New IRS Phone Scam
It appears that our friends at the real IRS have even more competition in separating people from their money from imposters.
Earlier this morning, a client called and said that there was a voice mail message on her husband’s cell phone, claiming to be from the IRS and that they needed to call back by the end of business today. I didn’t recognize the 800 number given as being one of the regular ones that IRS uses.
Instead of calling that number back, we decided that it would be best for her to call the main IRS info line at 1–800–829–1040 and ask them to pull up her account.
She just called us back and said that when she called the main IRS switchboard, they had no pending actions against them or anything else that would have warranted any contact from an IRS agent. They also told her that they didn’t even have any of their cell phone numbers in their database.
So, this was obviously another scam from some scumbag looking to trick people into revealing their personal identification, credit card and bank info, much like the email version that I mentioned last month.
Gifts From Parents
Subject: gifts of 13,000
If I am reading it correctly, it states that a married couple can receive up to $52,000 a year.
Would it be done like this, My mother writing a check out for 13,000 to both my husband and I and then my dad writing a check for $13,000 to both my husband and I. Now the money would be out of the same account with both their names on the check. One signing 2 checks and the other signing the other 2 checks. We are in Ct and they are in North Carolina. We are trying to buy a house and they want to give us money. Thank you.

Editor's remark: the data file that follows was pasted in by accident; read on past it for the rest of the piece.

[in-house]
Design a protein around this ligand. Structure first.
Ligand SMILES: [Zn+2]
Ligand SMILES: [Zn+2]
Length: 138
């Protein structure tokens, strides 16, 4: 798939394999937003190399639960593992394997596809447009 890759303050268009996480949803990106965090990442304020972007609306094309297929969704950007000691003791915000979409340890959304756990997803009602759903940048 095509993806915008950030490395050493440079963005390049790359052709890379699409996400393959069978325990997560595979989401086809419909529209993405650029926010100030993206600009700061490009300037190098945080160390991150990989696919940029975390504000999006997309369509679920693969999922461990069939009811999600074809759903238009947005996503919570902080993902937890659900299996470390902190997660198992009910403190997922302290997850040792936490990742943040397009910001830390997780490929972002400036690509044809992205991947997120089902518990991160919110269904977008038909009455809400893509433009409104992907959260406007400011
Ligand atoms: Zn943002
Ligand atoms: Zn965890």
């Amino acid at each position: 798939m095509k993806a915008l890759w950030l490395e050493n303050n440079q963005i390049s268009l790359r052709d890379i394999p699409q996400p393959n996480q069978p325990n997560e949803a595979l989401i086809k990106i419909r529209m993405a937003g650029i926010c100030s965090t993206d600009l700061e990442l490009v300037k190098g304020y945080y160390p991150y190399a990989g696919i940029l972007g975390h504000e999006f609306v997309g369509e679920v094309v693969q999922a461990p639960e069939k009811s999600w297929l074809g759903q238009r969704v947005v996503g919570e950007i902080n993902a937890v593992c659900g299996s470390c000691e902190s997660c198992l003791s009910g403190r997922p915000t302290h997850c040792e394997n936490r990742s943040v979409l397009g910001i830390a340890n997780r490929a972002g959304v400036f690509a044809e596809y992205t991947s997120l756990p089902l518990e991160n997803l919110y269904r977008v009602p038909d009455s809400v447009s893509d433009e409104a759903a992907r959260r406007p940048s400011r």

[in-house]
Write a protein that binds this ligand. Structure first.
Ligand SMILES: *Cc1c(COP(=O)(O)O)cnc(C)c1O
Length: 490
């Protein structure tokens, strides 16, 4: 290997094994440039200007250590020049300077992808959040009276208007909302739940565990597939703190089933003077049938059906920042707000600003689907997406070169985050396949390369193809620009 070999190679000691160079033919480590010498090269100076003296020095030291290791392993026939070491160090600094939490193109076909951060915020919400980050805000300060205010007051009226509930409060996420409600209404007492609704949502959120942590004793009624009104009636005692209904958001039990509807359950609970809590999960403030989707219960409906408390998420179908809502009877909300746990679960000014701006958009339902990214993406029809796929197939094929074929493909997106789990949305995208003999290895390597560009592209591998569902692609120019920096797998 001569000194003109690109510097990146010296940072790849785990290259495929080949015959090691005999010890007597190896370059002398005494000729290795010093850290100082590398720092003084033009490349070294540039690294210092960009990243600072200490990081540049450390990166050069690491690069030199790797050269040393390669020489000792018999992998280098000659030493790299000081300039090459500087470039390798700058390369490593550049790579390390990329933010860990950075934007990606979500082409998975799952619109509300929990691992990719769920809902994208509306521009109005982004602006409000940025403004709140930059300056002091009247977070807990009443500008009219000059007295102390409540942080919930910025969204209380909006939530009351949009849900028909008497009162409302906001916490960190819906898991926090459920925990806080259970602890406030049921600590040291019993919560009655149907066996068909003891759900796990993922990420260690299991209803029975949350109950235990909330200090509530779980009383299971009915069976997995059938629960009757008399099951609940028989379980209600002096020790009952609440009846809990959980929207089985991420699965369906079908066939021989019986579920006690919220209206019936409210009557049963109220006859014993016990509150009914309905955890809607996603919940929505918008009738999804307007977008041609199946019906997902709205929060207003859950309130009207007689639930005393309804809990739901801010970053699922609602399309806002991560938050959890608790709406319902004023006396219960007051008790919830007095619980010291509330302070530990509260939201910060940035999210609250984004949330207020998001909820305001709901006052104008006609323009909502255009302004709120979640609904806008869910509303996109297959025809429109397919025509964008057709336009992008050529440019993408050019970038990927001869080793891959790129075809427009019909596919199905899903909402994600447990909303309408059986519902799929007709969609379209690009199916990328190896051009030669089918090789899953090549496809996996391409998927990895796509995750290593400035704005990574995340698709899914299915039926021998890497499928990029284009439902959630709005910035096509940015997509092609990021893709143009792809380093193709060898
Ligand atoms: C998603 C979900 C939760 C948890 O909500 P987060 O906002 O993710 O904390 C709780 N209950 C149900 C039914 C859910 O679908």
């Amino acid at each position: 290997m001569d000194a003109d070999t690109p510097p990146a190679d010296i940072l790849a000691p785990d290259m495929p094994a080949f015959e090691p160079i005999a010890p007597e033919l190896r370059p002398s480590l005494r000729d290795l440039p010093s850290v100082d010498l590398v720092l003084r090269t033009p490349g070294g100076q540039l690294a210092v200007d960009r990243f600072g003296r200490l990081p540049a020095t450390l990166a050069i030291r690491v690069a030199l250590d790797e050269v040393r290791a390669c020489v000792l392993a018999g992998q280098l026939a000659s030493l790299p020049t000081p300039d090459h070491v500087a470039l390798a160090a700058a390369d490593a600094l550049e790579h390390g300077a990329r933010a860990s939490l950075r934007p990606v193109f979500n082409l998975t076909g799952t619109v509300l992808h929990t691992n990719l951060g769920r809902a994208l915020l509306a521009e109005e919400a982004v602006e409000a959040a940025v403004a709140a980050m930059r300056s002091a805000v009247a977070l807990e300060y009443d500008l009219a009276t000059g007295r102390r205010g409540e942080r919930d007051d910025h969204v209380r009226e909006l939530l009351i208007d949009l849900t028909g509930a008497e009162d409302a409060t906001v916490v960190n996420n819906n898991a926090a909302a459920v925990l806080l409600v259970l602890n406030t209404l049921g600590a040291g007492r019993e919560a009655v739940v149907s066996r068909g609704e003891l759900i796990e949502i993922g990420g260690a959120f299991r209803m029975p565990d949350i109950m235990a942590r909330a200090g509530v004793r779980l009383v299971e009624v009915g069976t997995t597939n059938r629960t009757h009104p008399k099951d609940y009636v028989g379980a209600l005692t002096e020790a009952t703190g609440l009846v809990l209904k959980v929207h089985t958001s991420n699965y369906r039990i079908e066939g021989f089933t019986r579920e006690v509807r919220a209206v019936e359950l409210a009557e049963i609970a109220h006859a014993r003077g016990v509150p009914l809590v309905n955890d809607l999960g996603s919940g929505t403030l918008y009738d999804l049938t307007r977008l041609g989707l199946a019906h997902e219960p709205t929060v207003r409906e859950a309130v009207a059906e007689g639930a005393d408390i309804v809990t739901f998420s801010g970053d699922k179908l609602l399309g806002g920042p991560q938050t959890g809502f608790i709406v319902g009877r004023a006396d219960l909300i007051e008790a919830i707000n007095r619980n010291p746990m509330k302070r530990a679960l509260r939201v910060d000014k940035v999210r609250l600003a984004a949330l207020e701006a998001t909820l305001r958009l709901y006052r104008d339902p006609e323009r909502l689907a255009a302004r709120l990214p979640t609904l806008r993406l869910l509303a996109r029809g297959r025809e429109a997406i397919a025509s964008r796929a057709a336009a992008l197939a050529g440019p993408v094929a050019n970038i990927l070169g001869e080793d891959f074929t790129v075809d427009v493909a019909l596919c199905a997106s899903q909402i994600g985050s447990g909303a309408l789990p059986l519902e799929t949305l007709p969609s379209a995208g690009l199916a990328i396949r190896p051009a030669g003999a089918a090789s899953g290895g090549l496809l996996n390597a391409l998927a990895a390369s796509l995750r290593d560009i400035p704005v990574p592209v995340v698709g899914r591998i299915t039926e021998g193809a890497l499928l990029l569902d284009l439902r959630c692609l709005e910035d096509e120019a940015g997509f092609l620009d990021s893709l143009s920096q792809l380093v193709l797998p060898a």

Gifting strategies are the kinds of things you and your parents should be discussing with your own personal professional tax advisors because there are several different ways in which they can be structured.
I noticed some aspects of gifting that you appear to be confused about.
First, there is no maximum amount of gifts that can be received. For the recipients, gifts are exempt from income tax. However, if you were to be given non-cash items, such as stocks or real estate, that have appreciated in value since your parents purchased them, there could be tax consequences when you sell them because you are required to maintain your parents' cost basis.
From the givers' (your parents) perspective, there is also no maximum that they can give away in a year. However, if either of them were to give any person more than $13,000 during a single calendar year, they would be required to file a Gift Tax return (Form 709) to report that to IRS. There is also a lifetime exemption of one million dollars of gifts per giver, so even if they exceed the annual $13,000 limit, they wouldn't have to actually pay any gift tax until they have used up the million dollars.
There is a provision in the tax law allowing for married couples to split their gifts if they are made by only one spouse from his/her separate money. This enables both spouses to use their $13,000 annual exemption.
In the proposed plan that you mentioned, it sounds as if the bank account is jointly owned, so each could give you $13,000 and your husband another $13,000 without the need for any gift tax returns or gift splitting. Added all together, that would be $52,000.
This was a rather lengthy way to say that your plan appears valid. However, there are ways to transfer even larger amounts of money without exceeding the annual limits that should be discussed with your own personal professional tax advisor.
For example, if you needed $200,000 right now, your parents could gift you the $52,000 in 2009 and loan you the additional $148,000. In future years the principal of the loan could be forgiven as gifts in those years in increments of $13,000 or whatever the annual limit is in those years.
I hope this helps.
thank you so much for getting back to me.